“It was just kind of shocking because it’s so late in the summer,” McLain said. “It was just a surprise to me and I was kind of confused about how the roommate situation would be working.”

The email McLain and other first-years received assigning them to new residence halls assured students that “all attempts were made to keep roommate groups together,” but acknowledged “in some cases, your roommate information has changed.”

“We recognize that you may have begun communications with your White Hall roommate(s) and may experience disappointment if a change has happened,” the email read. “We ask for your patience with your new roommate(s), as they are experiencing the same situation.”

In addition to roommate confusion, the move to Midtown put a hitch in some of McLain’s move-in preparations, like the switch from a twin XL to a full-sized bed.

“I didn’t really have any attachment to [White Hall], but it is a little frustrating just because some of the stuff that I bought for my dorm room wouldn’t really work out with a new dorm room,” she said.

But Raphael Sogueco, an incoming first-year studying computer science, called the closure “a blessing in disguise.” Sogueco, originally assigned to a White Hall dorm room, was reassigned to East Village.

“I would consider myself lucky to get [assigned to] East Village,” Sogueco said. “A lot of people are complaining about this assignment, but I have got to give the residential life team props for having to move everybody, having to move their mailing addresses, and also the MicroFridges to new areas.”

Amid an ongoing housing crisis, the shutdown further strains the university’s already-limited housing options. In April, the university filed to become a permanent tenant at the Sheraton Boston Hotel and turn 428 hotel rooms into dorms. In fall 2021, the school began renting two residence halls from the neighboring Wentworth Institute of Technology.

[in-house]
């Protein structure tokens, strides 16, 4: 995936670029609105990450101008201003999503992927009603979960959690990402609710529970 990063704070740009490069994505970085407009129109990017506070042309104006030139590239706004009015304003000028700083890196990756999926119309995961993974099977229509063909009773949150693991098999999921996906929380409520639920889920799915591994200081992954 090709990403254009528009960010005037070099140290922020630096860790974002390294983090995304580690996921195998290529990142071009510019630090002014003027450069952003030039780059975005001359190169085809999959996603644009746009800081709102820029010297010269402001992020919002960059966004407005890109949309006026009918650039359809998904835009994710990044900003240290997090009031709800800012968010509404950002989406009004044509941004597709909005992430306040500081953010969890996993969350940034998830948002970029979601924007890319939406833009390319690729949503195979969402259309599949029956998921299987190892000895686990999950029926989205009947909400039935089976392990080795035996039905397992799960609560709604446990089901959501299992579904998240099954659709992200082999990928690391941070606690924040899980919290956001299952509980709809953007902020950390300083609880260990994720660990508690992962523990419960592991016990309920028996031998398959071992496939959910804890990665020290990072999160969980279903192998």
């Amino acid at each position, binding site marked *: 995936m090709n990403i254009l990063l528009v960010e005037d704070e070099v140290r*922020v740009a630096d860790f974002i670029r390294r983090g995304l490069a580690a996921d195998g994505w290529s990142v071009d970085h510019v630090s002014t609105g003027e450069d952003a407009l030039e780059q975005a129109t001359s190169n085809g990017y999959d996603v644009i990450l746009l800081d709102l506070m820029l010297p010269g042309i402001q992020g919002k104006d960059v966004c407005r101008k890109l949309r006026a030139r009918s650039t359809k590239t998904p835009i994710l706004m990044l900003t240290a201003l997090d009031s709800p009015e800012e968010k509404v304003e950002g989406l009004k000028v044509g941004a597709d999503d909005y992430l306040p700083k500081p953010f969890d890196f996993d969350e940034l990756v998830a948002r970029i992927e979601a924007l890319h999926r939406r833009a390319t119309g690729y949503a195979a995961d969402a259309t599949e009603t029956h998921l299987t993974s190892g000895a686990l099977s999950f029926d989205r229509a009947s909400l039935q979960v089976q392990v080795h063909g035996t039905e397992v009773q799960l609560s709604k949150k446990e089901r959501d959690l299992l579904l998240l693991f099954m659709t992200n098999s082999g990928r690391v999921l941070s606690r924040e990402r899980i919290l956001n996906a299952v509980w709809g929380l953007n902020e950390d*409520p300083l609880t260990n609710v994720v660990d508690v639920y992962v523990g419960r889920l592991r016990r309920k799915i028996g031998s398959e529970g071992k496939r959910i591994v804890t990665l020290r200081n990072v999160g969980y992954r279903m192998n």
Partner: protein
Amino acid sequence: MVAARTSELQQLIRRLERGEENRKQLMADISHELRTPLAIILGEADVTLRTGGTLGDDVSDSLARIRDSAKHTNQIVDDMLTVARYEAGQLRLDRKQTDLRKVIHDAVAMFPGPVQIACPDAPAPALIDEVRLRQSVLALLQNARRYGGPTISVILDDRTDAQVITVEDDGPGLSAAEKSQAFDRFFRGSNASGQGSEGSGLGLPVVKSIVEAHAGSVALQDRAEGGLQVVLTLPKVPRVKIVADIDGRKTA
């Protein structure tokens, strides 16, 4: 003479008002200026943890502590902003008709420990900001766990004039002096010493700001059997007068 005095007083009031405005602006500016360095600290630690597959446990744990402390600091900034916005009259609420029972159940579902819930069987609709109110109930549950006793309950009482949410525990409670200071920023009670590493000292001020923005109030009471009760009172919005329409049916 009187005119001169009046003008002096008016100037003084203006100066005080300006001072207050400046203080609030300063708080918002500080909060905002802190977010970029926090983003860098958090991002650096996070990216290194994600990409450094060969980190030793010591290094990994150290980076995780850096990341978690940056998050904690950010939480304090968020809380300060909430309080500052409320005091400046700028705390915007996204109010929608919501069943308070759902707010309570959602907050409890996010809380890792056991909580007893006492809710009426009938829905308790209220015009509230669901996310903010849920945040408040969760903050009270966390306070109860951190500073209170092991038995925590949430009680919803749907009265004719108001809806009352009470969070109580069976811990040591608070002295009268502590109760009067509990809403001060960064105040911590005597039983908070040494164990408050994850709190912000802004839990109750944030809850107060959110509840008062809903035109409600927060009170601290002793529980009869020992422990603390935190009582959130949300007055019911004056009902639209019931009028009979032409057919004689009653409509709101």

Students living in other residence halls on Northeastern’s Boston campus have reported damage in their dorms, including Edwards and Rogers Hall — the two rented Wentworth properties — as well as a 2017 ceiling collapse in Willis Hall

White Hall, located on the corner of Forsyth Street and Huntington Avenue, has no previous property violations, according to the City of Boston’s public building and property violation database. The building is still listed on the university’s housing website as a first-year, traditional-style accommodation. Qdoba, the restaurant on the first floor of White Hall, is temporarily closed, according to its website.

Eli Curwin contributed to this report.

About the Contributors
Sonel Cutler, Campus Editor
Sonel Cutler is a third-year journalism and political science combined major and campus editor of The News. She has previously served as deputy campus editor and is excited to continue bringing thoughtful and thorough coverage of campus life to Northeastern students. Sonel was most recently on co-op with the Boston Globe's Metro desk. You can follow her on Twitter at @cutler_sonel.
Elizabeth Scholl, Deputy Photo Editor
Elizabeth Scholl is a second-year pharmaceutical sciences major with a minor in business administration. She currently serves as one of the deputy photo editors for The News. Her favorite events to photograph include sports, concerts and anything The News needs last minute.